By; GEOFFREY H. HOPPER, AN ATTORNEY WITH THE LAW FIRM OF HOPPER & ASSOCIATES
A substantial portion of disharmony involving employees, as well as litigation, could be avoided simply by providing more training to supervisors. In particular, as to how to deal with people, as well as employment practices, laws and procedures. Such training oftentimes is ignored by employers, because the financial return on such an investment is not immediately ascertainable. Typically, the best employers are those that have been through the litigation process in one degree or another and understand that it is better to invest minimal amounts in training and education up front, versus significant amounts later in retraining replacements and/or retaining attorneys.
For the most part, bosses and supervisors training is either by word of mouth and/or on the job training, which is sometimes combined with a brief orientation process. This procedure is about as effective as bringing in a union to increase your employee’s productivity levels. Effective options for training and education (besides reading my book) include a formalized orientation program, seminars, a mentoring program (wherein one employee is designated as a type of big brother or sister to other employees), other books, videos, etc. The amount of training and education will of course vary with the various jobs involved. The weakest link typically in the employment chain, however, has been mid-management. These are usually individuals who have been rapidly transferred to supervisory positions with little or no training, and make big mistakes that are very costly for the employer, and then ask for a raise.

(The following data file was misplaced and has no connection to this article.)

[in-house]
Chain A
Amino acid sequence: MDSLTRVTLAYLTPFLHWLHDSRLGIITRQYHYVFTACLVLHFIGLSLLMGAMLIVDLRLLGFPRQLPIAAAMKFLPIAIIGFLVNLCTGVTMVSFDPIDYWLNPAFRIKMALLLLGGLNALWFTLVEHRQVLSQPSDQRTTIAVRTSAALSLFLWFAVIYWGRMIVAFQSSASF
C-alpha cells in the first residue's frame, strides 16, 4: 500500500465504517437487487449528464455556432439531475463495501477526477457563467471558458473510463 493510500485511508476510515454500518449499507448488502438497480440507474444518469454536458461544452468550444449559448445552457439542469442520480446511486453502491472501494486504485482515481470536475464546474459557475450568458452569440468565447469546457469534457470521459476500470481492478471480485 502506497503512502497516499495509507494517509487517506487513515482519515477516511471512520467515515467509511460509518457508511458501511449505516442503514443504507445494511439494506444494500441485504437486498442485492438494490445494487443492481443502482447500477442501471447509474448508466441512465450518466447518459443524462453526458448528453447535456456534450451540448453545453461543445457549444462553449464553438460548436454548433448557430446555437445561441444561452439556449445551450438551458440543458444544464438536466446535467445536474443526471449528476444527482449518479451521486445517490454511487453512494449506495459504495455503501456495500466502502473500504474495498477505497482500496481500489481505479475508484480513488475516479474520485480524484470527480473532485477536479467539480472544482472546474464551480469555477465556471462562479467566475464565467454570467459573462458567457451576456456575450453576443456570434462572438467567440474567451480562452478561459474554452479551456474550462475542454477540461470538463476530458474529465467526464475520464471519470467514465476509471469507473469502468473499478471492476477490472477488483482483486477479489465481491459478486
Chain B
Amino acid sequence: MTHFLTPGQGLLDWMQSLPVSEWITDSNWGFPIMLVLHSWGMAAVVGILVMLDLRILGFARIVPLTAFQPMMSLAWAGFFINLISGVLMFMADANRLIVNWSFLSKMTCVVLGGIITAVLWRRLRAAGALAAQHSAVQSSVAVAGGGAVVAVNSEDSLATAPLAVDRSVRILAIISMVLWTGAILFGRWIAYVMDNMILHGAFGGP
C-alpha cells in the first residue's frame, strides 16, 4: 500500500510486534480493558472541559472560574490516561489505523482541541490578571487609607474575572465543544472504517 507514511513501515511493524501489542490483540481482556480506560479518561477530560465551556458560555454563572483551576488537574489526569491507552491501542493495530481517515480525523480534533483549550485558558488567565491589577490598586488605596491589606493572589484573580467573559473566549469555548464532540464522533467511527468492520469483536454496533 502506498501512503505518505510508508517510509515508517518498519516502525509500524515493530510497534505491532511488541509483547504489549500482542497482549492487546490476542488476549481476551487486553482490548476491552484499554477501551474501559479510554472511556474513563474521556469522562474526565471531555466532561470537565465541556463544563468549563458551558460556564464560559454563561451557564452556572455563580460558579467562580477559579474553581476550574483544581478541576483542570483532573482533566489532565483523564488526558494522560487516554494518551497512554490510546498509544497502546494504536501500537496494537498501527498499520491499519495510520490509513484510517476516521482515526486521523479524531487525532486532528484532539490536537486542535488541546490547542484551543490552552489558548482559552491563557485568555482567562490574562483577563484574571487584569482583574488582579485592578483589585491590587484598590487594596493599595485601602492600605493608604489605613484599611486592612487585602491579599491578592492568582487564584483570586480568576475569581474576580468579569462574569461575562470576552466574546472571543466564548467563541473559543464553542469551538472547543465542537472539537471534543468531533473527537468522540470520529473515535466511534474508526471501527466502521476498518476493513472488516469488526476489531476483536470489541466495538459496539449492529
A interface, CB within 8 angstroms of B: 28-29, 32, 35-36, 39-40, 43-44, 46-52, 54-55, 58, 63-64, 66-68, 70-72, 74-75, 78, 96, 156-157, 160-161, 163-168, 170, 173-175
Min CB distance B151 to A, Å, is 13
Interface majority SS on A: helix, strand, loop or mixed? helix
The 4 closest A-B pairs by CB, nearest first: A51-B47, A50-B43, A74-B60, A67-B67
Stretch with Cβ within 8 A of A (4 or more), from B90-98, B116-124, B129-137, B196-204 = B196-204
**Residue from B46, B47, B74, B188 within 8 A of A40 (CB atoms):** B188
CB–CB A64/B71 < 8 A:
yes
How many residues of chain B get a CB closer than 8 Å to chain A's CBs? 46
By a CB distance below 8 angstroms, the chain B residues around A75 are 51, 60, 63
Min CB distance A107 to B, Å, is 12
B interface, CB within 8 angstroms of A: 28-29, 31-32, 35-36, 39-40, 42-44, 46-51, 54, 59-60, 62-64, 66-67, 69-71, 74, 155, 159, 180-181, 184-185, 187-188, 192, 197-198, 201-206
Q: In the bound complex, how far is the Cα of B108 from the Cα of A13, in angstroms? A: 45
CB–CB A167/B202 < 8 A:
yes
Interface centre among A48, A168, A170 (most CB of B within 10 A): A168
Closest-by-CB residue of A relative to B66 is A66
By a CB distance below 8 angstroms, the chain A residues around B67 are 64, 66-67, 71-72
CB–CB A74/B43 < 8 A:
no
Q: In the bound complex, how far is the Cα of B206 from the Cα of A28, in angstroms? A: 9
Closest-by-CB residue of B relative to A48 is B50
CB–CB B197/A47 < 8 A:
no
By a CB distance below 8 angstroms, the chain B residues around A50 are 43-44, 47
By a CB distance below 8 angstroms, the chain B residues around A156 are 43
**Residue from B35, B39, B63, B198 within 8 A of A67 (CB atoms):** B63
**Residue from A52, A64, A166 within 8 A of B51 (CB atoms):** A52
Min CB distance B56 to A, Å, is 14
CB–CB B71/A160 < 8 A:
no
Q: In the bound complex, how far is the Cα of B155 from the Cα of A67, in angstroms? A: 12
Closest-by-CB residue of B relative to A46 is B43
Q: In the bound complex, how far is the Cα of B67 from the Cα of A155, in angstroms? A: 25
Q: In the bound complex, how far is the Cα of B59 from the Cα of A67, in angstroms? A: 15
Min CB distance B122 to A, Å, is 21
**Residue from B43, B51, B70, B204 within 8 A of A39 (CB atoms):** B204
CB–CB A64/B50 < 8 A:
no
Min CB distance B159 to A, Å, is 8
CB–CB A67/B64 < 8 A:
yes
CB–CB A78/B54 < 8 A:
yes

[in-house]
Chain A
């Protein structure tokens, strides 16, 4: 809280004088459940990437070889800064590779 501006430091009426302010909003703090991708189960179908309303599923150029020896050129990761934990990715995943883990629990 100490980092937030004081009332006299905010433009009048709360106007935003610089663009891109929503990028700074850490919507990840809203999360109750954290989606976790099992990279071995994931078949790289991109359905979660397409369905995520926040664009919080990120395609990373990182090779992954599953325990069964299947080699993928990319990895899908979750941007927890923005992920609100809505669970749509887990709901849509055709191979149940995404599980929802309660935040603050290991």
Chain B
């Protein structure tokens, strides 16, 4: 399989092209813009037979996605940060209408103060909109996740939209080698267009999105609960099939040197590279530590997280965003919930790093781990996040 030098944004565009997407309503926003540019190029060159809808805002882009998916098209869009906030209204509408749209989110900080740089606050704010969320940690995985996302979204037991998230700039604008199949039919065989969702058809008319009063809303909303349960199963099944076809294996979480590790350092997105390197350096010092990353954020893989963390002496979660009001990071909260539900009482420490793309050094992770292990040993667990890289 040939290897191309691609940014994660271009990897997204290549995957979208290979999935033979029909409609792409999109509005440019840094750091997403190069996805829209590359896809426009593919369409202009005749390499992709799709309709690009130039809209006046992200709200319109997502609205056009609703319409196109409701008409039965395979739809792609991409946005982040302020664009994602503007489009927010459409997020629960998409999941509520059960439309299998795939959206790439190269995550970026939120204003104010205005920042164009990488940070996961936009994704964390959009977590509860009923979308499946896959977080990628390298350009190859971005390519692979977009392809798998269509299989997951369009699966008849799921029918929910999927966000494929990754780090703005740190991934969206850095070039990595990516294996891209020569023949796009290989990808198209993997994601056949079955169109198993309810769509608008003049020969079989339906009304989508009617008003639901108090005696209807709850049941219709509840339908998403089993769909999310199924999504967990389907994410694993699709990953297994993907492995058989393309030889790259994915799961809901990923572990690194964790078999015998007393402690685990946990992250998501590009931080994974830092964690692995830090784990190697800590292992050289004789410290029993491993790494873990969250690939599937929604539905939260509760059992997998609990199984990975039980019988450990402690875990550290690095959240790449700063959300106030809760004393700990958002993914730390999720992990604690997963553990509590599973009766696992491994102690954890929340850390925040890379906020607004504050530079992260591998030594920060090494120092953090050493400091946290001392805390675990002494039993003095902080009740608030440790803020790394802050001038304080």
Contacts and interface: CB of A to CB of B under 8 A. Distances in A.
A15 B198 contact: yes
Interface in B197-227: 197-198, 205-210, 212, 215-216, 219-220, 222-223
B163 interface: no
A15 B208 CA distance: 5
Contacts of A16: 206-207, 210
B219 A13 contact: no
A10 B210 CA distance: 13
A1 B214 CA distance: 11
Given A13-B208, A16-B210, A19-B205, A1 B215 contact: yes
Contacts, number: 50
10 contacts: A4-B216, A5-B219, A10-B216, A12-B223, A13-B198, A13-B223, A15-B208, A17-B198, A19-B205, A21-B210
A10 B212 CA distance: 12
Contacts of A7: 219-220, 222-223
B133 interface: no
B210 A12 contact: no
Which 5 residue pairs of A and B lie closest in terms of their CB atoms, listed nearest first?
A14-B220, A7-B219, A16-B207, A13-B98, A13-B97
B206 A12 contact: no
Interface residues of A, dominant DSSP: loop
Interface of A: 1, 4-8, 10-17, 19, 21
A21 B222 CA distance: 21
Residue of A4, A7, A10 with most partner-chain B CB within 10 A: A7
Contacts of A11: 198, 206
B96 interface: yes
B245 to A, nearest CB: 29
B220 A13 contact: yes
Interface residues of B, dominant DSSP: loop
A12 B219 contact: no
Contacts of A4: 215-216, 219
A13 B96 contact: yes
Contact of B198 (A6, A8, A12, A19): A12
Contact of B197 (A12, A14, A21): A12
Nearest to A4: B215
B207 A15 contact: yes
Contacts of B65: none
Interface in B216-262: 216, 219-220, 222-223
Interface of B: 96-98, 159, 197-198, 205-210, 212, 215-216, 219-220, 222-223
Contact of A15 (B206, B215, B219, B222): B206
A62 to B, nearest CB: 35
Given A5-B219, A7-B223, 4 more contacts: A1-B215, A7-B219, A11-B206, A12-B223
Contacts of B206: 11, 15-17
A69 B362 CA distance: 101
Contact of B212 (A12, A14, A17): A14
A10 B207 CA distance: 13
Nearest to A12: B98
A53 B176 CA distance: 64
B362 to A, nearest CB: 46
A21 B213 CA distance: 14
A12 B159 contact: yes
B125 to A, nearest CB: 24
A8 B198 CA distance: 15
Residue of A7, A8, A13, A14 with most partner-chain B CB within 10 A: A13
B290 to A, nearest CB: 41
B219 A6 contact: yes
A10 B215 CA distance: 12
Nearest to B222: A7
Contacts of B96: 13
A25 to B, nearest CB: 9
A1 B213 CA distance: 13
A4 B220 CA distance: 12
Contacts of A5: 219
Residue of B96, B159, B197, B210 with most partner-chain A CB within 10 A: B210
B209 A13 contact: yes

As it relates to education and training, as well as obtaining advice from “consultants” on human resource matters, BE VERY CAREFUL. These days there are a glut of so-called human resource consultants who frequently create more problems than they cure. There is little or no regulation or licensing in this area. Accordingly, most small companies hire employees to serve several functions including human resources, and then send these employees out for training. Larger companies will want skilled professionals with either college degrees in human resources, or years of experience, or both. Be leery of the so-called “Human Resource Consultants”, without first checking out their credentials, references and experience in litigation.